With the pound tanking against the Euro, many Brits are turning to Turkey for a last minute holiday destination.
Holiday booking sites have noticed that this is a very recent trend (most of these last minute bookings to Turkey are to resorts in August and September). Brits who may have rejected the idea of a holiday abroad at the beginning of the year are clearly reconsidering their options as summer draws to a close.
‘In the first two weeks of July there has been a 200% increase in bookings to Turkey compared to the same period as the previous month’ states Nick Lima, head of marketing at A1 Travel.
Turkey’s appeal as a last minute getaway is thought to be due to a number of factors. Not only are holiday prices to Turkey cheap, but living costs are very low, making it an attractive place for a holiday on a budget. The average cost of a pint in a resort such as Marmaris equates to £2. An average meal in a restaurant meanwhile comes to £3.69.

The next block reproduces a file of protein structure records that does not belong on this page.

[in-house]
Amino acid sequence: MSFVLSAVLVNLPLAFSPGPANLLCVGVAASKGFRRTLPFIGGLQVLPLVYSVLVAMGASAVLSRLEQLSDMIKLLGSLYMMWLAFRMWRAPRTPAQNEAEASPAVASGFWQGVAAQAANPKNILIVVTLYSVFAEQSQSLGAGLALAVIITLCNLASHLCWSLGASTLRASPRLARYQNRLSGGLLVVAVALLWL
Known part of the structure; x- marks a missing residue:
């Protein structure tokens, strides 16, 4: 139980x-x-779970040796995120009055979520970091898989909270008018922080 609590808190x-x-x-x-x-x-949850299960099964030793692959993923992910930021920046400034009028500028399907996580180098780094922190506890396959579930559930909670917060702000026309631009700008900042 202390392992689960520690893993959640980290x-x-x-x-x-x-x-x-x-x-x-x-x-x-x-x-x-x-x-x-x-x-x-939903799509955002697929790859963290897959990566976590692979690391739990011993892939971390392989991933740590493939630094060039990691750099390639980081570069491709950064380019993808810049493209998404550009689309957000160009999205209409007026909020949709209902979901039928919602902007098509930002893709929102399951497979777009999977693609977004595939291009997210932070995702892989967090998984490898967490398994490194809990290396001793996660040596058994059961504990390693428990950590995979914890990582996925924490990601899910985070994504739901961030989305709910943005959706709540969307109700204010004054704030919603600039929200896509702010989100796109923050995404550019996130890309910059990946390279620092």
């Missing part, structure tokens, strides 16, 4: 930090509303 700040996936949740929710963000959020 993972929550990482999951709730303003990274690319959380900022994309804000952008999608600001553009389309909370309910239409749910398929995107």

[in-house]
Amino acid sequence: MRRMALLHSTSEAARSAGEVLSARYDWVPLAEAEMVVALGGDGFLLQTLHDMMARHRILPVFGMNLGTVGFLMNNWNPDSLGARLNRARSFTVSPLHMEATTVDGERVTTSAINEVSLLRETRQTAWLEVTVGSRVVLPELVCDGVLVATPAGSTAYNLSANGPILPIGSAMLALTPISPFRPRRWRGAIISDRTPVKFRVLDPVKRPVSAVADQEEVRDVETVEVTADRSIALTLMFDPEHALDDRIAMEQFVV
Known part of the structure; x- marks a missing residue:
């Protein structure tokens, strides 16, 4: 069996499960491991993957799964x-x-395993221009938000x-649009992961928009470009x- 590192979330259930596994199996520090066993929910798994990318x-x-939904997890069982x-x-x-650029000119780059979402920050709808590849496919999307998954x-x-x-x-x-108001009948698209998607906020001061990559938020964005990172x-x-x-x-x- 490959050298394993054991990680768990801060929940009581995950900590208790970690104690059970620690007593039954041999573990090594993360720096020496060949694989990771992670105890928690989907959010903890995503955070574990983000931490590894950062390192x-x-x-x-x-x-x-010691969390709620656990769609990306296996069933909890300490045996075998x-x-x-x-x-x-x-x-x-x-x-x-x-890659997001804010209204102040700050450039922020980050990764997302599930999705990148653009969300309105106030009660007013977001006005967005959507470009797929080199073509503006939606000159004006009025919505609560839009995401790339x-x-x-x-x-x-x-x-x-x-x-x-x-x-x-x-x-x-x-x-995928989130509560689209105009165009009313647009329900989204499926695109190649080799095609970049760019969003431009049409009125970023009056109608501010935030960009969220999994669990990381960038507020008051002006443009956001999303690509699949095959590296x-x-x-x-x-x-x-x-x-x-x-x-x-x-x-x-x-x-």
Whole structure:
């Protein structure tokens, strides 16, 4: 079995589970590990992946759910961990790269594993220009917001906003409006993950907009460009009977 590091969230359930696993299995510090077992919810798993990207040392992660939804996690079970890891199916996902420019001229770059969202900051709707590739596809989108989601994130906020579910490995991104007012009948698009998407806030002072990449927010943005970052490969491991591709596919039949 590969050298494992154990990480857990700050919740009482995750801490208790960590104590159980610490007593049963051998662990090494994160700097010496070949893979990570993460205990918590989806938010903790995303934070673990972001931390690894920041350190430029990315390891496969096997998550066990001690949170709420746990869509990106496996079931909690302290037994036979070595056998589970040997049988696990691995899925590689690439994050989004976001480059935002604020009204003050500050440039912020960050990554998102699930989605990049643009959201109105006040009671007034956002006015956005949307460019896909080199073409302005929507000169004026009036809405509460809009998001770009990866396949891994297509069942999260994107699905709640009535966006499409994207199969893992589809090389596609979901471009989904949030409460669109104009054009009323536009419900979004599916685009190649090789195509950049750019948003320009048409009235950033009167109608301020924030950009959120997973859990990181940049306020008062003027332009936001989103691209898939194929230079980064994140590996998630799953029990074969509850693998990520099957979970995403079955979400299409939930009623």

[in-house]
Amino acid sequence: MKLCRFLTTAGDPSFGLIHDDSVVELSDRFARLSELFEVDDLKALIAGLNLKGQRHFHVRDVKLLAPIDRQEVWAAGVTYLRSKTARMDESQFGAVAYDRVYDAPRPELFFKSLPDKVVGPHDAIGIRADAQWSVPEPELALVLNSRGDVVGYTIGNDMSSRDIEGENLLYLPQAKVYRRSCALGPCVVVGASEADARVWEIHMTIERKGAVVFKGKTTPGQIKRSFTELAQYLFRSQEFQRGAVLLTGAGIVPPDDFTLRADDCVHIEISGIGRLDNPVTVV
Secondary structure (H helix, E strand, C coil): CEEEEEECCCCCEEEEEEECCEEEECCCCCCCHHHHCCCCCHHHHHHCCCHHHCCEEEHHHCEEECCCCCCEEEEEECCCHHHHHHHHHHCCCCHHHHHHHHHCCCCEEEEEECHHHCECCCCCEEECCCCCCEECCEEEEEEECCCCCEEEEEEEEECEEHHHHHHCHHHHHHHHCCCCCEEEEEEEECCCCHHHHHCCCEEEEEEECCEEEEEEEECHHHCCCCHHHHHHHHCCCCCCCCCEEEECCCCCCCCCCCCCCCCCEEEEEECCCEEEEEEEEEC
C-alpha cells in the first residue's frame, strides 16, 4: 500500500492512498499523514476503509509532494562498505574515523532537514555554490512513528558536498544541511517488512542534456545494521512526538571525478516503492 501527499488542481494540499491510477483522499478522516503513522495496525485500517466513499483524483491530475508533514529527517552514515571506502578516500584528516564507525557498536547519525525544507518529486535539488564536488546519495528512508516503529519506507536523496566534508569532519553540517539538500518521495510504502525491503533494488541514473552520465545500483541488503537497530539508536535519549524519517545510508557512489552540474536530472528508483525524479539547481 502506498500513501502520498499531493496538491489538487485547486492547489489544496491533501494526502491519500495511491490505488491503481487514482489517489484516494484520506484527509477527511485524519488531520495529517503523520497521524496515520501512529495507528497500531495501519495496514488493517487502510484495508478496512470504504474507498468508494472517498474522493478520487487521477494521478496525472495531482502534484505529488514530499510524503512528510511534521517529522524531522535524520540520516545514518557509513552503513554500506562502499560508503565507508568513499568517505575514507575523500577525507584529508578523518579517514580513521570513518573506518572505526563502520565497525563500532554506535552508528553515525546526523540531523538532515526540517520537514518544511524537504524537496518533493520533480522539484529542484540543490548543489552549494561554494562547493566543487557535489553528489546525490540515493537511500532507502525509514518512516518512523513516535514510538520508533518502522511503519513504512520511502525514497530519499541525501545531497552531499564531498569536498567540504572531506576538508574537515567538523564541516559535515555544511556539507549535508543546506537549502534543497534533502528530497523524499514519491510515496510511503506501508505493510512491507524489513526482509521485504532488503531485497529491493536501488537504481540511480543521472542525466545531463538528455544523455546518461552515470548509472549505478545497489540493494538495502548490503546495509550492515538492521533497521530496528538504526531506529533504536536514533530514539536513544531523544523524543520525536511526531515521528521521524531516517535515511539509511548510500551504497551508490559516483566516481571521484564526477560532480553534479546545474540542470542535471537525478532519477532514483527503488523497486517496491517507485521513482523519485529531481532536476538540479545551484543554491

A non-EU member, Turkey requires only a £20 visa to enter on a 90 day term. Whilst EU countries such as Spain and Greece may not require such as visa (as of now), the falling exchange rate is making these previously cheap last minute holiday destinations less of a bargain when compared to what Turkey offers.
The exchange rate between Turkey and the UK currently sits at 4.60 lira to the pound. Whilst this rate fluctuates slightly, it has remained far more stable than many other currencies such as the Euro. It many tourist hotspots, it’s possible to pay in many places with pounds, making it unnecessary to even transfer a lot of money and save money on the transfer fee.
Turkey starts to get cooler in September as Summer comes to an end, however despite the reduction in temperature, it is relatively hot for Brits. Whilst temperatures will generally stay in the thirties throughout June, July and August, they dip into the twenties in September. It is unlikely however that this temperature ever dips below 20 C. Rainfall meanwhile is a tiny 10mm on average even in September.
There are many attractive features of Turkey including its beaches, its food and its activities. In many resorts you can find an array of water sports on offer such as parasailing, water-skiing and scuba diving. There are plenty of excursions on offer catering to those that want a leisurely cultural adventure or perhaps something more active such as a jeep safari. Much of Turkey’s tourist industry is a result of a recent boom in the last decade. Could Turkey be about to have an even bigger tourism boom?